‘Being here is better than winning the lottery to me’

FOR 83-year-old Lilian Jenkinson, the pain of losing the love of her life during the Normandy invasions has hardly faded.

Sixty years after the D-Day landings, she was back in Normandy by her late husband’s side once again, and she said returning to the cemetery at Benouville, where he lies, was all she lives for now.

“I do a lot of crying, but being here is better than winning the lottery to me,” said Mrs Jenkinson, who lives in Dagenham, east London.

William John Jenkinson, who was serving in the 4th Battalion Dorset Regiment, was killed by a mortar bomb just a few days after the Allies landed on the Normandy coast in June 1944.

The couple were neighbours growing up in Plaistow, east London, before they finally married in 1941. “We had known each other since we were children,” she said.

He was a man in a million and I think of him more and more.

“I’ve got a little place made in my garden that I use as a little private grave, with flowers,” she said.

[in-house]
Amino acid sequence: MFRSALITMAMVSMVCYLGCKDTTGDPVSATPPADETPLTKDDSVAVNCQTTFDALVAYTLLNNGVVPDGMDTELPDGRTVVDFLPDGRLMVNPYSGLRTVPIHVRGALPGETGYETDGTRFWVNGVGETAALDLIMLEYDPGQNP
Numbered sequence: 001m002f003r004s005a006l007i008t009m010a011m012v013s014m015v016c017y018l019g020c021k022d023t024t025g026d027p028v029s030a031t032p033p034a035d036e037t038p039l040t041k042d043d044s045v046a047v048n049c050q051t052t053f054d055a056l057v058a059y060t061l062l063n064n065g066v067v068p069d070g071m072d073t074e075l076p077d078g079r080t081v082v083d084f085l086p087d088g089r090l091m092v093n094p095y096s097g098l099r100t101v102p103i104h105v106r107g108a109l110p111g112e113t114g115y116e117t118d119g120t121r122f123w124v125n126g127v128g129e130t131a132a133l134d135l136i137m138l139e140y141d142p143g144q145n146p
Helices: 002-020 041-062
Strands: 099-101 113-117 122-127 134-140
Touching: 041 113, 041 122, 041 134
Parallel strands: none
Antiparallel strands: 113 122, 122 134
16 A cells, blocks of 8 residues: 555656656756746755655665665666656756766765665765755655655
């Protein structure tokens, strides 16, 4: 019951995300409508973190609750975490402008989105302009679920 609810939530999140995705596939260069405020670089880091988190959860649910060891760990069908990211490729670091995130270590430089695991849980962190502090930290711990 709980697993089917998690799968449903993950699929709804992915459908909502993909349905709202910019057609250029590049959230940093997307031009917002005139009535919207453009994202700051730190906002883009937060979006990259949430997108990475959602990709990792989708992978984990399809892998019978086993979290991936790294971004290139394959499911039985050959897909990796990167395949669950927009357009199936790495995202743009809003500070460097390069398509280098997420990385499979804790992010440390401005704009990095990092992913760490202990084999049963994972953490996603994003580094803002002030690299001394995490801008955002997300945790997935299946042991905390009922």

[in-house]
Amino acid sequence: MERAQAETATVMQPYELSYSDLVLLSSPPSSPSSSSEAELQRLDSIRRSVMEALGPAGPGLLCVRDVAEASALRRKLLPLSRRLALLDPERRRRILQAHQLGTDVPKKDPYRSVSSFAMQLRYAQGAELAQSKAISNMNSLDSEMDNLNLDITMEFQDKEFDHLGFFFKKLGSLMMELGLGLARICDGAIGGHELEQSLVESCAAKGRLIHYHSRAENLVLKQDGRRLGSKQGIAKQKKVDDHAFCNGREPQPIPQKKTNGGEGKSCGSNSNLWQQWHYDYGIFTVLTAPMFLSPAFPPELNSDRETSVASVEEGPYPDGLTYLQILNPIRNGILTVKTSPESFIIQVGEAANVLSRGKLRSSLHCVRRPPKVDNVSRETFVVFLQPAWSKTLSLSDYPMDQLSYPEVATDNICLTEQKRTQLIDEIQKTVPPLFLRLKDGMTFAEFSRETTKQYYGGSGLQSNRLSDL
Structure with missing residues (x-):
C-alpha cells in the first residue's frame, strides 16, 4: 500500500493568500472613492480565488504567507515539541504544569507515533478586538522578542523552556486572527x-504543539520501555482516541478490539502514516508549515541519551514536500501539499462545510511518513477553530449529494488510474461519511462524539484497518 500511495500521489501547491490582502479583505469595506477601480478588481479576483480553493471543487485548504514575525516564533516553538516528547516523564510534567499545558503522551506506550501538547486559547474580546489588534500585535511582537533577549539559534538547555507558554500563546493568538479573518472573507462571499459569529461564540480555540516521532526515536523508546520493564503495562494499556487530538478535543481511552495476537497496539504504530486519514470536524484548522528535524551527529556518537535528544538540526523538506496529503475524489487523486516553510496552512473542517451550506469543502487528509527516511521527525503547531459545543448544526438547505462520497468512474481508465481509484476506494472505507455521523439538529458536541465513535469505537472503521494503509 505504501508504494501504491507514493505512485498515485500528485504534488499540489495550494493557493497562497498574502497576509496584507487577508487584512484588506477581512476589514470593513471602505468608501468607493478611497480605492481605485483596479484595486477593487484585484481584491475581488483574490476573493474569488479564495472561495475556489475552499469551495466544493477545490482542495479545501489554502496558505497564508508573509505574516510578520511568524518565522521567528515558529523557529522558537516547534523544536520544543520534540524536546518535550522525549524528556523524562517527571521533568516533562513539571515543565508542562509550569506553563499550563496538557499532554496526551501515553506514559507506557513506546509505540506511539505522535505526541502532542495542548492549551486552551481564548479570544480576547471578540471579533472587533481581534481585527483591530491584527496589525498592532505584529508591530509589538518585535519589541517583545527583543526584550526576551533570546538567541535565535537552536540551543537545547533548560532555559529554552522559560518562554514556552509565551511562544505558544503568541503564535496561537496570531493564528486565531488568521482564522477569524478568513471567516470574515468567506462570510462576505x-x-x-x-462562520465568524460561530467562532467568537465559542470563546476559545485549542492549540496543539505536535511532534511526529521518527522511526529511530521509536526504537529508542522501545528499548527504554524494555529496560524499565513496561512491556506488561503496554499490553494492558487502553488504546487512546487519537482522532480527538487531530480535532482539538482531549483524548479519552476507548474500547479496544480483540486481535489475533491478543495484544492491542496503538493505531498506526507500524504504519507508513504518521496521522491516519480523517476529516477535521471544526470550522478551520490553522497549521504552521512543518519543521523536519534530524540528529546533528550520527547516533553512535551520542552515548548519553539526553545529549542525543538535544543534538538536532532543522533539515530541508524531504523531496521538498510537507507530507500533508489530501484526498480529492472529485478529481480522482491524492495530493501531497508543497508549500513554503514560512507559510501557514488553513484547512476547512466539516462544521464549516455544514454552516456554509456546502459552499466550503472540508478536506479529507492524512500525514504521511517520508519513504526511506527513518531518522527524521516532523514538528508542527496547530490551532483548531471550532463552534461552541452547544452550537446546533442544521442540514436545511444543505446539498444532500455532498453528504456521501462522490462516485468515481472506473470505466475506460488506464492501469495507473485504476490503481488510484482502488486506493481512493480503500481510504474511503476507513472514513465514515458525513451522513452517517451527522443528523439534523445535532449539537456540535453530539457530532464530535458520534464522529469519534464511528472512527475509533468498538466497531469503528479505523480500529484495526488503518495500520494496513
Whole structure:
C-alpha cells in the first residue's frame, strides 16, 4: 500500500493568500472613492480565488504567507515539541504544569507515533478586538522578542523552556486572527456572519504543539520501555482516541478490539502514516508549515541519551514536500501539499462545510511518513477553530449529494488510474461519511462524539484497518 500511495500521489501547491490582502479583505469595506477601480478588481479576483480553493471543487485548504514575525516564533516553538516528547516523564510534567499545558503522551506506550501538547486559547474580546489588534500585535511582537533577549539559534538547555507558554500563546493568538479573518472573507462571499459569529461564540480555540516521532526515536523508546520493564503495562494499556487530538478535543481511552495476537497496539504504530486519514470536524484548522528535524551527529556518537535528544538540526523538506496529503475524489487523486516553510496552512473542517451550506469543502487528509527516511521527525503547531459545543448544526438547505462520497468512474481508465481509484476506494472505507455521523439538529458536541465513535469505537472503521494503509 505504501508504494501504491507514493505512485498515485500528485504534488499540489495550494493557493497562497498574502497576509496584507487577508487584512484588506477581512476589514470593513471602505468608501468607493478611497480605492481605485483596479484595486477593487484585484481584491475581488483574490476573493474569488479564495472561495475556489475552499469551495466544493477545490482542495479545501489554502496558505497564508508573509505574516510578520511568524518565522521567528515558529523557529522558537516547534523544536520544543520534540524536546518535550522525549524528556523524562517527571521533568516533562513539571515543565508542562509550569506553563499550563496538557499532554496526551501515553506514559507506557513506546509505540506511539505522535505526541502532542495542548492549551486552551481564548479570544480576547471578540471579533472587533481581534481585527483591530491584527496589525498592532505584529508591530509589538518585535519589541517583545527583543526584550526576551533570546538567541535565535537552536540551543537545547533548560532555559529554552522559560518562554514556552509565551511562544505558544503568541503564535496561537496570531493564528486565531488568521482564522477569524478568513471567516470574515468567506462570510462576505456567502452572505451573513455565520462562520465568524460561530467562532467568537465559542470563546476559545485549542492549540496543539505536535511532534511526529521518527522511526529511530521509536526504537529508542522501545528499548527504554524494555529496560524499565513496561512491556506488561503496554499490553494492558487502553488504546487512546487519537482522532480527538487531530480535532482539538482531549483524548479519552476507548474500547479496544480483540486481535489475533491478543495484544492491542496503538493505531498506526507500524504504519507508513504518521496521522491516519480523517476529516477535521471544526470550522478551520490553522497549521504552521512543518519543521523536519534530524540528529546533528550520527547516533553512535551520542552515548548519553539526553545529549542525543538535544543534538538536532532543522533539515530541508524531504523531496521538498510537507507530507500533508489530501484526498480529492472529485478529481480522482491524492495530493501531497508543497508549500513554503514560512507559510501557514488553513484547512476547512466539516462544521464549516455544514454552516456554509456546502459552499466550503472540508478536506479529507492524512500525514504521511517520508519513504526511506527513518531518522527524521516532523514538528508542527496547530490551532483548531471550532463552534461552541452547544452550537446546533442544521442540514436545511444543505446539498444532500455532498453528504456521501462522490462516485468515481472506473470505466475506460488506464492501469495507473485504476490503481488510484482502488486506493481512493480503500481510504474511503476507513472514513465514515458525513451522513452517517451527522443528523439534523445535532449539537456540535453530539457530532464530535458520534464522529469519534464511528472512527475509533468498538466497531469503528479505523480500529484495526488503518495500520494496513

William’s senior officer, also wounded in the attack, tried to get him to take cover, she said.

“He pleaded with my husband to go to ground but he refused.”

She went on: “When I heard he had been killed, my parents had to do all they could to console me.

“There are lots of women the same as me but, to me, no one could be any better than him.

“He was such a wonderful person.”

Still missing her true love, Mrs Jenkinson married again but despite having children, the marriage ended unhappily.

“I have got everything at home to remind me of him but I have to come back here.”

Speaking as she waited to see the Queen at the Commonwealth War Graves Commission cemetery at Bayeux, Mrs Jenkinson said she hopes to return again next year.

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